NASA Astrophysics Data System (ADS)

We simulate evaporation-driven self-assembly of colloidal crystals using an equivalent network model. Relationships between a regular hexagonally close-packed array of hard, monodisperse spheres, the associated pore space, and selectivity mechanisms for face-centered cubic microstructure propagation are described. Accounting for contact line rearrangement and evaporation at a series of exposed menisci, the equivalent network model describes creeping flow of solvent into and through a rigid colloidal crystal. Observations concerning colloidal crystal growth are based on the convective steering hypothesis, which posits that solvent flow into and through the pore space of the crystal may play a major role in colloidal self-assembly. Aspects of the convective steering and deposition of high-Peclet-number rigid spherical particles at a crystal boundary are inferred from spatially resolved solvent flow into the crystal. Gradients in local flow through boundary channels were predicted due to the channels' spatial distribution relative to a pinned free surface contact line. When the free surface contact line is pinned near the leading crystal edge, the network simulations suggest that rows of particles preferentially nucleate furthest from the substrate. These lattice sites propagate the existing microstructure and lead to a declining shelf formation.

Brewer, Damien D.; Kumar, Satish; Tsapatsis, Michael

2009-11-01

171

A unified description of attachment-based crystal growth.  

PubMed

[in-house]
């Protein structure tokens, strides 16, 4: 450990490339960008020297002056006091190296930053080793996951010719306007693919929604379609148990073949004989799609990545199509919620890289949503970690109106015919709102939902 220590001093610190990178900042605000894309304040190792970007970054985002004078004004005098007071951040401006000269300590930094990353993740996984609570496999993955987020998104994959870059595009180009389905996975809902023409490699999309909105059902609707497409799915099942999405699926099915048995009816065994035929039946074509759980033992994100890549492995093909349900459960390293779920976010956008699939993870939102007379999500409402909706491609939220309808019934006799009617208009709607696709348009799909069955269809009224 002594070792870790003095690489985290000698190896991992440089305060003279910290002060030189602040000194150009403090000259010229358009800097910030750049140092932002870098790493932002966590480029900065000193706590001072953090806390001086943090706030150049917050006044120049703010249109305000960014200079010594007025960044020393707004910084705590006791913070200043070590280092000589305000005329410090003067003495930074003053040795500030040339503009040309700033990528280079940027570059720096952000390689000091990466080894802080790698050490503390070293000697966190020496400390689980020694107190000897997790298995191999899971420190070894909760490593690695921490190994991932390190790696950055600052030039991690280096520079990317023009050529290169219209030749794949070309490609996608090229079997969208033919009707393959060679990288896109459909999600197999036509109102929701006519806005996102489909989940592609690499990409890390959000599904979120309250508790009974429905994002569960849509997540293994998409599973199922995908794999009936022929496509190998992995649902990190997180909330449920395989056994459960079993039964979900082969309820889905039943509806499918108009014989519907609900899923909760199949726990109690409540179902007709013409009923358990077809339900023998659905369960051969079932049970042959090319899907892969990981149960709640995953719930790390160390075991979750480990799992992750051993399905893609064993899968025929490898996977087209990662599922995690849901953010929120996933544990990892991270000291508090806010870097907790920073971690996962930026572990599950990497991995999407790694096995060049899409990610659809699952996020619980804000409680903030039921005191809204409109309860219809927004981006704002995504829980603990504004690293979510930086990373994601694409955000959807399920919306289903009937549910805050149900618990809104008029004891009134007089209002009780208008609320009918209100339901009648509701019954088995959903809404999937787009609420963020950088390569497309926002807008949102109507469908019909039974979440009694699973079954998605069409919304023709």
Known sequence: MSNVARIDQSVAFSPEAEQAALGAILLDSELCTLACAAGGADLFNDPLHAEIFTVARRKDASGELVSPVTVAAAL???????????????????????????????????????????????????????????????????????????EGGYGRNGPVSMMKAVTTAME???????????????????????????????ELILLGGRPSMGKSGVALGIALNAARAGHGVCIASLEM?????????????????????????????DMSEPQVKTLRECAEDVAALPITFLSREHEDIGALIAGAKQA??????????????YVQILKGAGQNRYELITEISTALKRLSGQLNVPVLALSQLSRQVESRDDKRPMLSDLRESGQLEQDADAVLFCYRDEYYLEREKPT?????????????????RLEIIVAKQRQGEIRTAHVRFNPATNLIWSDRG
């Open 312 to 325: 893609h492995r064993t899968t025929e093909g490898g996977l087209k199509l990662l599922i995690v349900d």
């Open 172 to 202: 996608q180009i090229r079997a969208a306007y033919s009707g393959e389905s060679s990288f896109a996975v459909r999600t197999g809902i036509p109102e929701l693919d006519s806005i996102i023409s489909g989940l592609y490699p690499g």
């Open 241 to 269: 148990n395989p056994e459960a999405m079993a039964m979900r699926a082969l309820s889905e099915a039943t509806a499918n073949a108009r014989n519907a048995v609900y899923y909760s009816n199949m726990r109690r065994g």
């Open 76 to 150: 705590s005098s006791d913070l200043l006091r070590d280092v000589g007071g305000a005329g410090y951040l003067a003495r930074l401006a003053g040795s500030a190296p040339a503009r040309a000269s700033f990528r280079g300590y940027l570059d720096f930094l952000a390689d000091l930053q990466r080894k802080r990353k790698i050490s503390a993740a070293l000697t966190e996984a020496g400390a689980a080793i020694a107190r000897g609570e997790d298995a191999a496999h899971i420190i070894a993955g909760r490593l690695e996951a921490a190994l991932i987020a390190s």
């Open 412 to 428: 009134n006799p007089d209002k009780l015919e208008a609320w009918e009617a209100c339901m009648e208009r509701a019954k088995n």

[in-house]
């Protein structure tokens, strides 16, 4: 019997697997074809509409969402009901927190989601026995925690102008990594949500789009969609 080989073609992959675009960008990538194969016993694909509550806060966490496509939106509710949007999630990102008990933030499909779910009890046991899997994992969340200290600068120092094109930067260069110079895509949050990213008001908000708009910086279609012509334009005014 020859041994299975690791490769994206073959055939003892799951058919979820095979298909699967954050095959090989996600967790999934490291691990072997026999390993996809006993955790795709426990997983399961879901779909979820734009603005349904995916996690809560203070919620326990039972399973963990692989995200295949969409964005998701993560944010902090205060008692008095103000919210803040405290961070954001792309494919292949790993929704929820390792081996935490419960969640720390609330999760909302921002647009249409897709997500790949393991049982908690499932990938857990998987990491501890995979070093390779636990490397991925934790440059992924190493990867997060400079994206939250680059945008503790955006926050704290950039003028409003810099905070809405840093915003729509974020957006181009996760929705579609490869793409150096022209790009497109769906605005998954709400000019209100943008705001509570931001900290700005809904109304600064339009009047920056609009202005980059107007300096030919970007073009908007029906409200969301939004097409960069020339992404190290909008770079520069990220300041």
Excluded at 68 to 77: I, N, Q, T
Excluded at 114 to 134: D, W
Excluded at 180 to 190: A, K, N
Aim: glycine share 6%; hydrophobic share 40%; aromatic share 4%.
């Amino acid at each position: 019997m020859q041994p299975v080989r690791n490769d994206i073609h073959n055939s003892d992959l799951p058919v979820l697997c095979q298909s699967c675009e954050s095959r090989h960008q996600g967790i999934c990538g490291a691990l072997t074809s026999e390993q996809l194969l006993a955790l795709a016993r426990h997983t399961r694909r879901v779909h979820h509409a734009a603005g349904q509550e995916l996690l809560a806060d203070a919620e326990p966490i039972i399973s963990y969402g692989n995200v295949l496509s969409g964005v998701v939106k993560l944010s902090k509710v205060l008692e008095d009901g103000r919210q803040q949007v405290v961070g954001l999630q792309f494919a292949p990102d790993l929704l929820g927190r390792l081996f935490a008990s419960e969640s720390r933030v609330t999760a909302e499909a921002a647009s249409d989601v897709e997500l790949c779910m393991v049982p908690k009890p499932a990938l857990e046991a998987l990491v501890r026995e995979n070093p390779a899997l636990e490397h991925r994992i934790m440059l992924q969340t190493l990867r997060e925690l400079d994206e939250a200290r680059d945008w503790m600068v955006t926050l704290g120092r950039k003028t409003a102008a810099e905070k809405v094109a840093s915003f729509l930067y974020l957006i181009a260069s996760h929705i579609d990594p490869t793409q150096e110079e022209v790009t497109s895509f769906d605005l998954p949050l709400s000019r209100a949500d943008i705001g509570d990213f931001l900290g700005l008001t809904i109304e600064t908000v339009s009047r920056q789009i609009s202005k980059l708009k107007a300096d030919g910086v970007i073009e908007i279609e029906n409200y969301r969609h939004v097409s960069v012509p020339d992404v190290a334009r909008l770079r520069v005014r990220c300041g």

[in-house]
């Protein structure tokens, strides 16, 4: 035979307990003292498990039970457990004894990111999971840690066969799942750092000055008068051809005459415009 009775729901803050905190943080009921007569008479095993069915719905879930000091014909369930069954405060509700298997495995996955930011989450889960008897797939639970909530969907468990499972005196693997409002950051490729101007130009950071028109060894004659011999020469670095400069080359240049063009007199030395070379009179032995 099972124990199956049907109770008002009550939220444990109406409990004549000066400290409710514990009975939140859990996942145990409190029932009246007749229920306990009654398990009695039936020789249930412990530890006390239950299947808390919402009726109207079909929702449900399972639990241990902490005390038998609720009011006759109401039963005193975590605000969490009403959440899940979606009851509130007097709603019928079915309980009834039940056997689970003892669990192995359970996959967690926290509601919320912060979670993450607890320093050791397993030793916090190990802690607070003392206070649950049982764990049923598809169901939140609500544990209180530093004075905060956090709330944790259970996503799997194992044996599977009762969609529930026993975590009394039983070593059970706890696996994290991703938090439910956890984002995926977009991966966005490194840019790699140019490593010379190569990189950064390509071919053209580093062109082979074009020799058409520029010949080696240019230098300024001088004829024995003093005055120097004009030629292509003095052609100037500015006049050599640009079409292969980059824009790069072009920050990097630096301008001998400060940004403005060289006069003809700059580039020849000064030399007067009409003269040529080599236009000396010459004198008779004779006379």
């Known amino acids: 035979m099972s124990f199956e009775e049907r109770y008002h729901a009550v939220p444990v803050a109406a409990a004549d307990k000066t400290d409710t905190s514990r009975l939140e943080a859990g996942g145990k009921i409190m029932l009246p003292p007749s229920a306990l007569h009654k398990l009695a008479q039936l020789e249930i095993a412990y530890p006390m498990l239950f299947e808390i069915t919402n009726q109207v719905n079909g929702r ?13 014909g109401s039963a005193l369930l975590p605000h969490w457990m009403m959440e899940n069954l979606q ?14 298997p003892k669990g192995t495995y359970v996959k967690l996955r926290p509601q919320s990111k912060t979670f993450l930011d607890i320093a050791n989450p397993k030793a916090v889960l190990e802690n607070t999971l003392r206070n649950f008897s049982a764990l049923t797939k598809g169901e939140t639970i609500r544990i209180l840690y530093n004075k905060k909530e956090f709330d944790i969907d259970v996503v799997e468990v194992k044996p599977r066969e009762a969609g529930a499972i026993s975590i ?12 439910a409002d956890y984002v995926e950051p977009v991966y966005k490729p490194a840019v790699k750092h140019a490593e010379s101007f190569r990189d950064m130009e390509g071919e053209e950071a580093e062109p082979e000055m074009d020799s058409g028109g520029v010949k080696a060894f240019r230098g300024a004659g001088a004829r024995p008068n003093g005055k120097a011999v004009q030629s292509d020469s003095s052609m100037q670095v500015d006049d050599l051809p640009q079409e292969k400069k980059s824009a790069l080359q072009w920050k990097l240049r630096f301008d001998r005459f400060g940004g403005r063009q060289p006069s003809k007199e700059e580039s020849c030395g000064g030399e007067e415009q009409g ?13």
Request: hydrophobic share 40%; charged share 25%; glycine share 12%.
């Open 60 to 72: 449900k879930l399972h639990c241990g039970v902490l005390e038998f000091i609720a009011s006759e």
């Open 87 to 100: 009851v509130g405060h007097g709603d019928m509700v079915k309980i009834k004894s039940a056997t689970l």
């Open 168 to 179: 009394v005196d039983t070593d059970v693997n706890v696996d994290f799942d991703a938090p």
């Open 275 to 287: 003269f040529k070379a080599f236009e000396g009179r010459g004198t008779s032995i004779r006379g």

Crystal growth is one of the most fundamental processes in nature. Understanding of crystal growth mechanisms has changed dramatically over the past two decades. One significant advance has been the recognition that growth does not only occur atom by atom, but often proceeds via attachment and fusion of either amorphous or crystalline particles. Results from recent experiments and calculations can be integrated to develop a simple, unified conceptual description of attachment-based crystal growth. This enables us to address three important questions: What are the driving forces for attachment-based growth? For crystalline particles, what enables the particles to achieve crystallographic coalignment? What determines the surface on which attachment occurs? We conclude that the extent of internal nanoparticle order controls the degree of periodicity and anisotropy in the surrounding electrostatic field. For crystalline particles, the orienting force stemming from the electrostatic field can promote oriented attachment events, although solvent-surface interactions modulate this control. In cases where perfect crystallographic alignment is not achieved, misorientation gives rise to structural defects that can fundamentally modify nanomaterial properties. PMID:25000275